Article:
The absence of a specific relief plan for the migrant and unorganised workforce has dismayed many who see the human tragedy unfolding daily on the highways of India. The general reportage on this has painted a picture of an insensitive government run by a PM removed from reality. This is difficult to believe of a PM who is seen to have his ear to the ground and who understands electoral arithmetic better than any other politician today. For PM Modi, like other populists with a strong ideologically driven base, you can’t be seen as weak. Acknowledging a mistake is a sign of weakness. PM Modi has maintained a studious silence on multiple occasions (demonetisation, lynchings, economic slowdown) where the mistakes and its consequences were apparent. This time is no different. In the PM’s mind, a decision isn’t a mistake by itself. It exists in a kind of quantum superposition that collapses into being a mistake only on observation or acknowledgement. So, while it might be a tad late now, expect the government and the BJP-run states to double down on migrant relief soon. Of course, without publicly acknowledging the problem at all.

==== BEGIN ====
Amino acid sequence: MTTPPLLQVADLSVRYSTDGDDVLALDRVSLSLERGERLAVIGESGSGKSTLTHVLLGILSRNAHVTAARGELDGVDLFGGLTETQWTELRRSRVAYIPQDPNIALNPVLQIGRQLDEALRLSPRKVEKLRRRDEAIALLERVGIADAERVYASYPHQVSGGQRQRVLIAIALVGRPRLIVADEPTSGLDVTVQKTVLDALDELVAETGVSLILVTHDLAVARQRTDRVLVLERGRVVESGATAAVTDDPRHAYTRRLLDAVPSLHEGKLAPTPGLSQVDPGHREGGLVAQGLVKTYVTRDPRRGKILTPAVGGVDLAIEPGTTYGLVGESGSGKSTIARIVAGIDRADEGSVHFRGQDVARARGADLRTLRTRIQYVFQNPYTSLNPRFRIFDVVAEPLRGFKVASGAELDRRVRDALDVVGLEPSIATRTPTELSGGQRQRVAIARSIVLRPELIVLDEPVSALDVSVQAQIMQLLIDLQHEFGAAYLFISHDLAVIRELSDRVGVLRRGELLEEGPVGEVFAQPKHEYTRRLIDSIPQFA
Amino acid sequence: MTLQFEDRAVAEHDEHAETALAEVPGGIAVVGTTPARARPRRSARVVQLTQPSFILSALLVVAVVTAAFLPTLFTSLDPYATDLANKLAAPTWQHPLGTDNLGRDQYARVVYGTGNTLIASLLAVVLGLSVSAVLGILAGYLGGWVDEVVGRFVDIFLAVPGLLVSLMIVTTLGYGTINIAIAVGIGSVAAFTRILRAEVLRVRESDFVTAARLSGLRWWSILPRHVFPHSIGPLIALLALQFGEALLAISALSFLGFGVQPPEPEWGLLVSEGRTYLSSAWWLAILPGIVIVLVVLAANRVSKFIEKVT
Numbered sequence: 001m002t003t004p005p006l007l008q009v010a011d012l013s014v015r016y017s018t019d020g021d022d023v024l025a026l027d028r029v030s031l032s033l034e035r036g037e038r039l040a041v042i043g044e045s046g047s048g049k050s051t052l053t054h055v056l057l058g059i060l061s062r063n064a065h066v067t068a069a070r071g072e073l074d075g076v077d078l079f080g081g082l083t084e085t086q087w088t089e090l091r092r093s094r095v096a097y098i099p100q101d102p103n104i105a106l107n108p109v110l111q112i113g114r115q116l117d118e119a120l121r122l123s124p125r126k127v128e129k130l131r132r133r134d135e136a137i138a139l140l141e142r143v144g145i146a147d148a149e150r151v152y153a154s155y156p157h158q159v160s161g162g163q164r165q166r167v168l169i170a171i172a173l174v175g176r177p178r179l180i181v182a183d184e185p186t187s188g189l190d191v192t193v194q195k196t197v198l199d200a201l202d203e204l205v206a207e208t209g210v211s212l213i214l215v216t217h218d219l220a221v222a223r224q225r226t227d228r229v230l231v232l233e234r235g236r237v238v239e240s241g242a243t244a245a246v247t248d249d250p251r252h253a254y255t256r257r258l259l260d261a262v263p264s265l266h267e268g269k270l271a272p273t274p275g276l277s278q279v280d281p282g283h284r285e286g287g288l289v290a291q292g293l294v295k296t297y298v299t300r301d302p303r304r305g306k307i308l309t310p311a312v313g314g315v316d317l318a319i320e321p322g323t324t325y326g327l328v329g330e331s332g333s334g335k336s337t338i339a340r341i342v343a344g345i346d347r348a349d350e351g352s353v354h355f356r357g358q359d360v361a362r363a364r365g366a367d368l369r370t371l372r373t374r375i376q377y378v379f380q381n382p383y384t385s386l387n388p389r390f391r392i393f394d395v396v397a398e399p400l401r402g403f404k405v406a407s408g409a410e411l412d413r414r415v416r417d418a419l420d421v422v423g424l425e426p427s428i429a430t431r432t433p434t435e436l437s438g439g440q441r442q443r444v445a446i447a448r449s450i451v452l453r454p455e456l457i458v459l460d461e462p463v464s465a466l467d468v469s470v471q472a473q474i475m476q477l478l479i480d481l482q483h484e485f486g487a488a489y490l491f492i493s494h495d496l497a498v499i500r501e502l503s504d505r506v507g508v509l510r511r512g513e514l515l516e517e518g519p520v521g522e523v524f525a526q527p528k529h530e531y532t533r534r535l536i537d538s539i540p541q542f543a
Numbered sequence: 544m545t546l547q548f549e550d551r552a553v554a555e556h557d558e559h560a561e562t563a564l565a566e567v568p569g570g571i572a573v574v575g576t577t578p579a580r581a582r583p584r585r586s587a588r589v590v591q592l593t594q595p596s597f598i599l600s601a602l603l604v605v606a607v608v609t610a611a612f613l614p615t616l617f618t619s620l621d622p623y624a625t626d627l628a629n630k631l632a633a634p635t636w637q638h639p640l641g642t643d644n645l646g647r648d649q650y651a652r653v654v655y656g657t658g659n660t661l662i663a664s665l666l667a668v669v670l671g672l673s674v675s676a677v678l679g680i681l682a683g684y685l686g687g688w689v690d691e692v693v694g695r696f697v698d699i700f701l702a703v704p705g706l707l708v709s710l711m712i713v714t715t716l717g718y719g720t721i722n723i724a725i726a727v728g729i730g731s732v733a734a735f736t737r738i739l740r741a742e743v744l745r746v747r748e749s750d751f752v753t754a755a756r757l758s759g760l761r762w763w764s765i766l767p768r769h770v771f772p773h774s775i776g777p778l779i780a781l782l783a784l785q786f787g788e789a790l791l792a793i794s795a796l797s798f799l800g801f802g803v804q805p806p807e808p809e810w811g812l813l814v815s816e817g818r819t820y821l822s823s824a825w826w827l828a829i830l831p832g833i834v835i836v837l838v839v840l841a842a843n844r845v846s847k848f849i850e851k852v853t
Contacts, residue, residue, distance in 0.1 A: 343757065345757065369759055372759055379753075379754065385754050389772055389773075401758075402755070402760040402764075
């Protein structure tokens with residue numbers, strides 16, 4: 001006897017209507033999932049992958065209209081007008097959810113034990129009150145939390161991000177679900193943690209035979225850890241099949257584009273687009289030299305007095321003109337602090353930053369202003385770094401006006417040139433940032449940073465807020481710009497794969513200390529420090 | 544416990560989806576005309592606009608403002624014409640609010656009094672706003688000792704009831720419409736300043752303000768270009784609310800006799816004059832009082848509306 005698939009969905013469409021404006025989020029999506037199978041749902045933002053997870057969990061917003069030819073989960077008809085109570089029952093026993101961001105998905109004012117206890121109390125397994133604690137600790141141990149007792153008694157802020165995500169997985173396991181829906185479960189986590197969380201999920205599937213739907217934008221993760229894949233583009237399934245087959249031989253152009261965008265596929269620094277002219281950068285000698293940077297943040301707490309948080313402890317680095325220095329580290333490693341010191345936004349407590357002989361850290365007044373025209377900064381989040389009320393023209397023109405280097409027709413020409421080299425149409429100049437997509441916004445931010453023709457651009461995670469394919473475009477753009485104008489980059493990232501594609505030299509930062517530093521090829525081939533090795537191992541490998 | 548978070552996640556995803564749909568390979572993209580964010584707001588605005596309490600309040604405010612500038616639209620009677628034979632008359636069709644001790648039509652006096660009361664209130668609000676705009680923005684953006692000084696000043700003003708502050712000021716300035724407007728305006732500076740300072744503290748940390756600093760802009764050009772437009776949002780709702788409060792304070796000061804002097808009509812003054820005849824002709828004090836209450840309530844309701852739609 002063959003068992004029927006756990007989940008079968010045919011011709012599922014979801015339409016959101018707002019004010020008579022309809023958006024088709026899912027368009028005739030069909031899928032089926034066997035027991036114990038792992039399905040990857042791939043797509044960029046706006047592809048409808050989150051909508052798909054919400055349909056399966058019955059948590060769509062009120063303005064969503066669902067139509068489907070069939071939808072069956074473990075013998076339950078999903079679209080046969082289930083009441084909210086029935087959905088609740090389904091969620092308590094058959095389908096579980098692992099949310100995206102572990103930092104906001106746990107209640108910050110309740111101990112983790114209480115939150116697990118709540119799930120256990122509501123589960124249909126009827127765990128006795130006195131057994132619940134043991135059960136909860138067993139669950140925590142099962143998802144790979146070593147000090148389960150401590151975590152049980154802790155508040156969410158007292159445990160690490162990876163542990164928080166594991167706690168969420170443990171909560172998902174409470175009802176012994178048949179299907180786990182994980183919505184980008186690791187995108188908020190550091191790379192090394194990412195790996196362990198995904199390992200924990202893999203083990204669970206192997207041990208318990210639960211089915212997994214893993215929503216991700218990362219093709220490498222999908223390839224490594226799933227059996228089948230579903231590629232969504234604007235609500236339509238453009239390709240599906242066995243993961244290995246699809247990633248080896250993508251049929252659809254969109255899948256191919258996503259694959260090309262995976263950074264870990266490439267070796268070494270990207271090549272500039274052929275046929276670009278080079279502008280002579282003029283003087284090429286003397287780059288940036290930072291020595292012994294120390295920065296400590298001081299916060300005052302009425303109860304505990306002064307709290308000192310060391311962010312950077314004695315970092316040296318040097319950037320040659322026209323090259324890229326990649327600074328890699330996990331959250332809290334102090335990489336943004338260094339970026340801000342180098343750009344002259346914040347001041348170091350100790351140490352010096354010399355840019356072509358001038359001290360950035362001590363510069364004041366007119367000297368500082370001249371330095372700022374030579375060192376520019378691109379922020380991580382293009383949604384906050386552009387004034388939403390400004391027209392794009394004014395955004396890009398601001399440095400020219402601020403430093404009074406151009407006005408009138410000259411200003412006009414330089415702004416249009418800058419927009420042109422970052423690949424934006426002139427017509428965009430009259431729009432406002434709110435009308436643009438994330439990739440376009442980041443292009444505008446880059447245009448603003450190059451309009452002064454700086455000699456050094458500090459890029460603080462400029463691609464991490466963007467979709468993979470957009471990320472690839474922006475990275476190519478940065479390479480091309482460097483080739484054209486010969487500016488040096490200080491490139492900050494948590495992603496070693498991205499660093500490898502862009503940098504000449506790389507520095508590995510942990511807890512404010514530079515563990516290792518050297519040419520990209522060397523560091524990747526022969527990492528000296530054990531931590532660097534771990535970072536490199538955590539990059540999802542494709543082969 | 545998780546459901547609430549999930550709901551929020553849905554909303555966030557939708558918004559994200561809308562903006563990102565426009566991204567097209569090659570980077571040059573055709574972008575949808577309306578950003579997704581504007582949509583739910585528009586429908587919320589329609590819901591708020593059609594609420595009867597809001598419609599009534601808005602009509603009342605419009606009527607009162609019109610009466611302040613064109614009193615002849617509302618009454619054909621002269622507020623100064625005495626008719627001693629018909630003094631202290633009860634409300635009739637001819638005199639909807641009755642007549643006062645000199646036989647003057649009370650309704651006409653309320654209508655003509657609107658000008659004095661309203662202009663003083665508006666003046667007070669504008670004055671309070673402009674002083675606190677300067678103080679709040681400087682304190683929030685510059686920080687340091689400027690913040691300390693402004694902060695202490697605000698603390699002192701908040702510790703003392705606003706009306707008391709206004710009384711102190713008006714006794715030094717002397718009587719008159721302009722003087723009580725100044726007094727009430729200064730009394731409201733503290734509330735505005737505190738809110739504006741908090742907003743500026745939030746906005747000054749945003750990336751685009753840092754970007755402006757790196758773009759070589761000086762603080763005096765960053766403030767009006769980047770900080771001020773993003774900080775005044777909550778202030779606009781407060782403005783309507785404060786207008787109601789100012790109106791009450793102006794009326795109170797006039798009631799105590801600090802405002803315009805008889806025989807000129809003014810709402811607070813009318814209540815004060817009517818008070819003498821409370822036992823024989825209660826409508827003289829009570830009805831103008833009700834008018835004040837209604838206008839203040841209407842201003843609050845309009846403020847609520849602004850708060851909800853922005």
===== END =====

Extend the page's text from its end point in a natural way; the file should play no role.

Throw ’em up against the wall and see what sticks
The Noah’s ark of the reforms included in the package can be difficult to analyse. There’s everything in there: from swadeshi, videshi, opening up and closing down sectors, new regulations, deregulation, inter-state movements and inter-planetary travel. Many of these are a rehash of past announcements or have limited relevance to the crisis we are in currently. Their implementation will require forging consensus among states and other stakeholders. There’s a lot that’s good in there but it will take time. The Modi coalition, as we have discussed, has constituents of all stripes – social conservatives, swadeshi diehards, anti-state libertarians, self-styled technocrats and nationalists. There’s something for everyone in the package for the believers to keep the faith. The package in itself is a giant Rorschach inkblot test. What you make of the package reveals more about you than about the package itself.